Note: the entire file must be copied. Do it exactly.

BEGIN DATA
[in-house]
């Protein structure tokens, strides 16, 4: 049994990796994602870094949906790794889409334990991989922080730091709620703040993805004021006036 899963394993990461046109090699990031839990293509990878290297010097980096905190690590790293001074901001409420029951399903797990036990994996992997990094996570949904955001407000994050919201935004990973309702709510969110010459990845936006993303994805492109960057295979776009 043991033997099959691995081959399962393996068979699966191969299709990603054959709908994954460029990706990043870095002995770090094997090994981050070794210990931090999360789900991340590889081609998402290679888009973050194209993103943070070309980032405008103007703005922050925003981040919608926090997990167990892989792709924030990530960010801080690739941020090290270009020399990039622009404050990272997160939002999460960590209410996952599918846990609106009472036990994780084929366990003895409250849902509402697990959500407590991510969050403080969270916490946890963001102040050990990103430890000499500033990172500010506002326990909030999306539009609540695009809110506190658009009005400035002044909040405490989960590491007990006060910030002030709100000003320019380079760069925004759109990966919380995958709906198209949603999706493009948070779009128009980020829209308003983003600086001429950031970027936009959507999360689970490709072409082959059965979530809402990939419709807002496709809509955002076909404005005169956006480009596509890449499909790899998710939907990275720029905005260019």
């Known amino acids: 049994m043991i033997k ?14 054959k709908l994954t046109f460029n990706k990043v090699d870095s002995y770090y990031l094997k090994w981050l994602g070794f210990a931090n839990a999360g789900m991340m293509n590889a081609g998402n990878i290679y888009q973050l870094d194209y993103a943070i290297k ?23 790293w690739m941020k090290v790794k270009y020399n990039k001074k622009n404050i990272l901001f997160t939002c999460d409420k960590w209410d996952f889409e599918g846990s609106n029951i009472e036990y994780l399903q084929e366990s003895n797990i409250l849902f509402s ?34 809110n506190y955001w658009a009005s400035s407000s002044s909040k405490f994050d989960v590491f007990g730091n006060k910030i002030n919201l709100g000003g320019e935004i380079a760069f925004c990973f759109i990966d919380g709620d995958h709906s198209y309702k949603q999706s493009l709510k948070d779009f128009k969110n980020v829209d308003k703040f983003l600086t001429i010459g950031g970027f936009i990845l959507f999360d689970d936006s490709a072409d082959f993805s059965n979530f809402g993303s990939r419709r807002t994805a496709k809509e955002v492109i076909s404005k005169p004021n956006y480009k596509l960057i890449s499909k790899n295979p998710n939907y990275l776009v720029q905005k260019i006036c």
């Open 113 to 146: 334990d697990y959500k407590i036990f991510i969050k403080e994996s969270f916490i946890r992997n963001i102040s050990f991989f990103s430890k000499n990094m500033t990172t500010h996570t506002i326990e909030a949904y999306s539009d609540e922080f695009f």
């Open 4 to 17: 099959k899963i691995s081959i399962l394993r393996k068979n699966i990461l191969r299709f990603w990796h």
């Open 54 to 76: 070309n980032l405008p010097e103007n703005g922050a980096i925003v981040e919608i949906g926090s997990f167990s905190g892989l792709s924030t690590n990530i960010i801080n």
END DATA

[in-house]
């Protein structure tokens, strides 16, 4: 049994990796994602870094949906790794889409334990991989922080730091709620703040993805004021006036 899963394993990461046109090699990031839990293509990878290297010097980096905190690590790293001074901001409420029951399903797990036990994996992997990094996570949904955001407000994050919201935004990973309702709510969110010459990845936006993303994805492109960057295979776009 043991033997099959691995081959399962393996068979699966191969299709990603054959709908994954460029990706990043870095002995770090094997090994981050070794210990931090999360789900991340590889081609998402290679888009973050194209993103943070070309980032405008103007703005922050925003981040919608926090997990167990892989792709924030990530960010801080690739941020090290270009020399990039622009404050990272997160939002999460960590209410996952599918846990609106009472036990994780084929366990003895409250849902509402697990959500407590991510969050403080969270916490946890963001102040050990990103430890000499500033990172500010506002326990909030999306539009609540695009809110506190658009009005400035002044909040405490989960590491007990006060910030002030709100000003320019380079760069925004759109990966919380995958709906198209949603999706493009948070779009128009980020829209308003983003600086001429950031970027936009959507999360689970490709072409082959059965979530809402990939419709807002496709809509955002076909404005005169956006480009596509890449499909790899998710939907990275720029905005260019």
């Known amino acids: 049994m043991i033997k ?14 054959k709908l994954t046109f460029n990706k990043v090699d870095s002995y770090y990031l094997k090994w981050l994602g070794f210990a931090n839990a999360g789900m991340m293509n590889a081609g998402n990878i290679y888009q973050l870094d194209y993103a943070i290297k ?23 790293w690739m941020k090290v790794k270009y020399n990039k001074k622009n404050i990272l901001f997160t939002c999460d409420k960590w209410d996952f889409e599918g846990s609106n029951i009472e036990y994780l399903q084929e366990s003895n797990i409250l849902f509402s ?34 809110n506190y955001w658009a009005s400035s407000s002044s909040k405490f994050d989960v590491f007990g730091n006060k910030i002030n919201l709100g000003g320019e935004i380079a760069f925004c990973f759109i990966d919380g709620d995958h709906s198209y309702k949603q999706s493009l709510k948070d779009f128009k969110n980020v829209d308003k703040f983003l600086t001429i010459g950031g970027f936009i990845l959507f999360d689970d936006s490709a072409d082959f993805s059965n979530f809402g993303s990939r419709r807002t994805a496709k809509e955002v492109i076909s404005k005169p004021n956006y480009k596509l960057i890449s499909k790899n295979p998710n939907y990275l776009v720029q905005k260019i006036c």
């Open 113 to 146: 334990d697990y959500k407590i036990f991510i969050k403080e994996s969270f916490i946890r992997n963001i102040s050990f991989f990103s430890k000499n990094m500033t990172t500010h996570t506002i326990e909030a949904y999306s539009d609540e922080f695009f």
């Open 4 to 17: 099959k899963i691995s081959i399962l394993r393996k068979n699966i990461l191969r299709f990603w990796h």
């Open 54 to 76: 070309n980032l405008p010097e103007n703005g922050a980096i925003v981040e919608i949906g926090s997990f167990s905190g892989l792709s924030t690590n990530i960010i801080n």